• Kat says:

    I think the foremost question in my mind is how to maintain genetic diversity. I have some very good seed saving books and they all state that anyone growing to save seed must have LOTS of plants in order to keep the strain from losing vigor. It seems to me that anyone saving seed would have to either routinely introduce seed from another sources or have acres and acres of garden space. I have successfully saved lettuce and some other easy to grow plants for several years will no ill effect. Other plants, such as corn, have lost vigor: the plants have been smaller with less healthy crops. I am growing about 250 (grain) corn plants per year. I also have questions about GMO contamination. My neighbor who is about a quarter mile away has decided to do a giant corn maze on his property. I am assuming that my corn will now have GMO contamination??? 🙁

    1. Stephen Scott says:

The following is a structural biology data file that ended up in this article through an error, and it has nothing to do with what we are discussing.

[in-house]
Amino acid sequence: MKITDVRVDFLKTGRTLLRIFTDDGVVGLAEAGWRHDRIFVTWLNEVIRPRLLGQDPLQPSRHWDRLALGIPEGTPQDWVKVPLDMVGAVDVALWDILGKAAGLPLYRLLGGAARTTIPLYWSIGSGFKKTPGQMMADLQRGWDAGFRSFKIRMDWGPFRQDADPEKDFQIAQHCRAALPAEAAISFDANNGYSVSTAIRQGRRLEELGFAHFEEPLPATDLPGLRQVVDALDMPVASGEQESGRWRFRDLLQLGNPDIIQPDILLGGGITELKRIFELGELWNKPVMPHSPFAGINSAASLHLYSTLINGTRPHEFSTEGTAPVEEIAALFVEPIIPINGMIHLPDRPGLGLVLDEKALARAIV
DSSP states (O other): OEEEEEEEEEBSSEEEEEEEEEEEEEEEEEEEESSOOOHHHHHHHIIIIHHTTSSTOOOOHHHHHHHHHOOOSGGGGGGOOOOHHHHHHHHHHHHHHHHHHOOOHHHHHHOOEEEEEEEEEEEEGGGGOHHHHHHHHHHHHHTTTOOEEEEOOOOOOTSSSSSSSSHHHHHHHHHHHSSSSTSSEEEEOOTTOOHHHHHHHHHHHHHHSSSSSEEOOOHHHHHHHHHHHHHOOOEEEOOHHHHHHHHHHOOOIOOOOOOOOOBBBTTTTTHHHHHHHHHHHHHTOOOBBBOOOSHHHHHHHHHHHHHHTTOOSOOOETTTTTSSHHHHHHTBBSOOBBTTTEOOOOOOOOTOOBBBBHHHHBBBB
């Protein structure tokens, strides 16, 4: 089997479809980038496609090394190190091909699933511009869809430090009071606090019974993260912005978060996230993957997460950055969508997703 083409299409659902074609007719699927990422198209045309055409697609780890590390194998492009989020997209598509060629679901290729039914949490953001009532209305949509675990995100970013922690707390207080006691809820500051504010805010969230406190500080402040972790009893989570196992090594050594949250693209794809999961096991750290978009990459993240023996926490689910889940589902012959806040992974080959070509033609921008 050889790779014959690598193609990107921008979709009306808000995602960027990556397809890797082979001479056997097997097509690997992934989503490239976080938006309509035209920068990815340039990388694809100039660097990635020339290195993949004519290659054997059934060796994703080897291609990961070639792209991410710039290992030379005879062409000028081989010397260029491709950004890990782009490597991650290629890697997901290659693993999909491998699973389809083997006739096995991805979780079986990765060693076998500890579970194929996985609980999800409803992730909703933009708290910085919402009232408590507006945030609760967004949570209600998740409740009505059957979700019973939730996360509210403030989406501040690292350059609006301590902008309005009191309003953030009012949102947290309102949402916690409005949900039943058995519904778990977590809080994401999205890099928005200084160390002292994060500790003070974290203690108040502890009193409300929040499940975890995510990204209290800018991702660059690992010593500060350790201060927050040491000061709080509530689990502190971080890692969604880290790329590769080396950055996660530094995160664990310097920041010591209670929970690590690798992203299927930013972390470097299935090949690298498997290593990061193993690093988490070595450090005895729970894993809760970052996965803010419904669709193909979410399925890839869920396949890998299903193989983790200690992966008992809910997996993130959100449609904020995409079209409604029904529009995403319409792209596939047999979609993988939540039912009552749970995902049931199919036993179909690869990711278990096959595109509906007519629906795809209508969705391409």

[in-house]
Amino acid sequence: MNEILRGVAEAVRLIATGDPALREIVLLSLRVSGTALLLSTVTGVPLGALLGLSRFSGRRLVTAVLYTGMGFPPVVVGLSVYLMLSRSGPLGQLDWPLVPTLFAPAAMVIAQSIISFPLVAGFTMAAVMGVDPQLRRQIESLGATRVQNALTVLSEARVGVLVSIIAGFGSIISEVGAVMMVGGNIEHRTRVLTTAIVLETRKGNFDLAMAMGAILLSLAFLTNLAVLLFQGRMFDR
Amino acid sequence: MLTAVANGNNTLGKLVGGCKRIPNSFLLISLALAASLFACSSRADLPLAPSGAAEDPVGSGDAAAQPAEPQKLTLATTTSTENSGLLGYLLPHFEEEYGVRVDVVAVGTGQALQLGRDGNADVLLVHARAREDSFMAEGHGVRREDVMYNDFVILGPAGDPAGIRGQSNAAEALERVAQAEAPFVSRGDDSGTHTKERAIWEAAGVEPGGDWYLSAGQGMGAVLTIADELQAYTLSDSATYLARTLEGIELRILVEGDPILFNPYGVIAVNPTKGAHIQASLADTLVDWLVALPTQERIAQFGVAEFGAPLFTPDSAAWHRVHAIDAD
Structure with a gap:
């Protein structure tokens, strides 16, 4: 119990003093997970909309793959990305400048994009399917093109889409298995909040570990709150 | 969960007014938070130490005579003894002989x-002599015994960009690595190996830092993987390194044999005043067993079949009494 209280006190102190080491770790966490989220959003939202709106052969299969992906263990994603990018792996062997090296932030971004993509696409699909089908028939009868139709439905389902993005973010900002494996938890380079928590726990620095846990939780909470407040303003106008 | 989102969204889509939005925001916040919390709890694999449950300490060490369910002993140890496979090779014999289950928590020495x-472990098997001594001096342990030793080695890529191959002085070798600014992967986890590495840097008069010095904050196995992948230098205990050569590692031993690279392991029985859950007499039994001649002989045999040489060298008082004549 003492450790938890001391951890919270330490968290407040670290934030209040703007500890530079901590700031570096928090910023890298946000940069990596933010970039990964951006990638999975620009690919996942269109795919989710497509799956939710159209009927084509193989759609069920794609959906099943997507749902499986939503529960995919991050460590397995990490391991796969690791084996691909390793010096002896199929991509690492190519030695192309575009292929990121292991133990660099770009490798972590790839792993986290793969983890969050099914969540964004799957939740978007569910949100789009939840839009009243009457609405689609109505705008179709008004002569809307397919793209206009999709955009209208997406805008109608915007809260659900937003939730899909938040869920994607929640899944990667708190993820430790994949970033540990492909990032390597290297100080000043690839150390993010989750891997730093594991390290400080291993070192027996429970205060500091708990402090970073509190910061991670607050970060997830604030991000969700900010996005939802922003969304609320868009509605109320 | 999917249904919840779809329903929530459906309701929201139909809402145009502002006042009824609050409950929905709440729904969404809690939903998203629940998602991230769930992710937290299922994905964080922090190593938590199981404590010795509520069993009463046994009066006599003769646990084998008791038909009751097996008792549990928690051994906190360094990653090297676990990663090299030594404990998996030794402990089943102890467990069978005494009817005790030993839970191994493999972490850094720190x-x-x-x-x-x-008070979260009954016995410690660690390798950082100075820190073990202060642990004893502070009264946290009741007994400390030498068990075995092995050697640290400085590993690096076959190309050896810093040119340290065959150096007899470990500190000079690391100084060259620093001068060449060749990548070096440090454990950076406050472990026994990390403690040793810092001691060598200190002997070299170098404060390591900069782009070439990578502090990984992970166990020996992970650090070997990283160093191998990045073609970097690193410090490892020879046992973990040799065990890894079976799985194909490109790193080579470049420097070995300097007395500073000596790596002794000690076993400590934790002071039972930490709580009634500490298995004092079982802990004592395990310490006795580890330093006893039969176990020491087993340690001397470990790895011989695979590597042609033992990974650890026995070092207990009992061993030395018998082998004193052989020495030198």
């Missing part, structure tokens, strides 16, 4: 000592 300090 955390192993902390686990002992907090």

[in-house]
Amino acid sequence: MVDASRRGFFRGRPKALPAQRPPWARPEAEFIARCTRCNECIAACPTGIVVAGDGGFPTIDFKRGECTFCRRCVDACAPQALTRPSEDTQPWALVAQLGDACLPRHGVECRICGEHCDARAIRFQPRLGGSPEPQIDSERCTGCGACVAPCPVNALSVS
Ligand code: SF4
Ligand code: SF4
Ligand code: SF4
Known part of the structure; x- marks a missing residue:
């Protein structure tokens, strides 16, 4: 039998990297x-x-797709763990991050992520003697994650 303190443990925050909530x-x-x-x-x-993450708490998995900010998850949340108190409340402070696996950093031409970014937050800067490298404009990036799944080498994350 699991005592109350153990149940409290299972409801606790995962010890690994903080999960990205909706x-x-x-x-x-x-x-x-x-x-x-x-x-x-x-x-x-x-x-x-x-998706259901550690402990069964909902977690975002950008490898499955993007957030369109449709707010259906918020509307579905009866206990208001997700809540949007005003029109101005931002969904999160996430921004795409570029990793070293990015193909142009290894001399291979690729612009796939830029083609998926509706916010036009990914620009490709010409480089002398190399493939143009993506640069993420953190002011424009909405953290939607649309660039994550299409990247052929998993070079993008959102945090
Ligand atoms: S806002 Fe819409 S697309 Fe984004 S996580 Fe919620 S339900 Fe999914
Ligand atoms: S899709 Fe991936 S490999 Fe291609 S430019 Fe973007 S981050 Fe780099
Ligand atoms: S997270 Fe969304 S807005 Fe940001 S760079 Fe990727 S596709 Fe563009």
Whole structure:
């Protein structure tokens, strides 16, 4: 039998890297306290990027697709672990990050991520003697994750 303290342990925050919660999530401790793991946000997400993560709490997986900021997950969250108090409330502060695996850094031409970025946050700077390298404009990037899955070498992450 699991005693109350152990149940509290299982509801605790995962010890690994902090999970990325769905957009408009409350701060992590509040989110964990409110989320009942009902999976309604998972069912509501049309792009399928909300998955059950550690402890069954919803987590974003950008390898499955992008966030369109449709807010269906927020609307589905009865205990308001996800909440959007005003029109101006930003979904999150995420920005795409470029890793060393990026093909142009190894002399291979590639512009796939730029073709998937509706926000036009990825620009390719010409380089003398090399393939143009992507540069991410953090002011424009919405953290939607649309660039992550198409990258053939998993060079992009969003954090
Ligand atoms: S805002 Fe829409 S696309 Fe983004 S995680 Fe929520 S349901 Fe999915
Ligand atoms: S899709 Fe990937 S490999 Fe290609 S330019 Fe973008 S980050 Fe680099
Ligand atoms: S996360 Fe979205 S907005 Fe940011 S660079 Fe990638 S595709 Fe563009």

Kat, we will definitely be spending some time on isolation/cross pollination issues! There is a simple way that is almost always overlooked on how home gardeners can overcome the “genetic bottleneck” issue – trade seeds of the same variety among gardeners locally. We will go into more detail on this!

      On the corn issue – time isolation is your friend. Plant earlier so your corn has tasseled and pollinated before theirs does. See if you can get to know them and explain what you are trying to do – they might be agreeable. I don’t think that you’ve got GMO contamination necessarily – but will have some hybridization going on. We will spend some time on terms so everyone understands the difference between hybrid and GMO corn.

  • Deb says: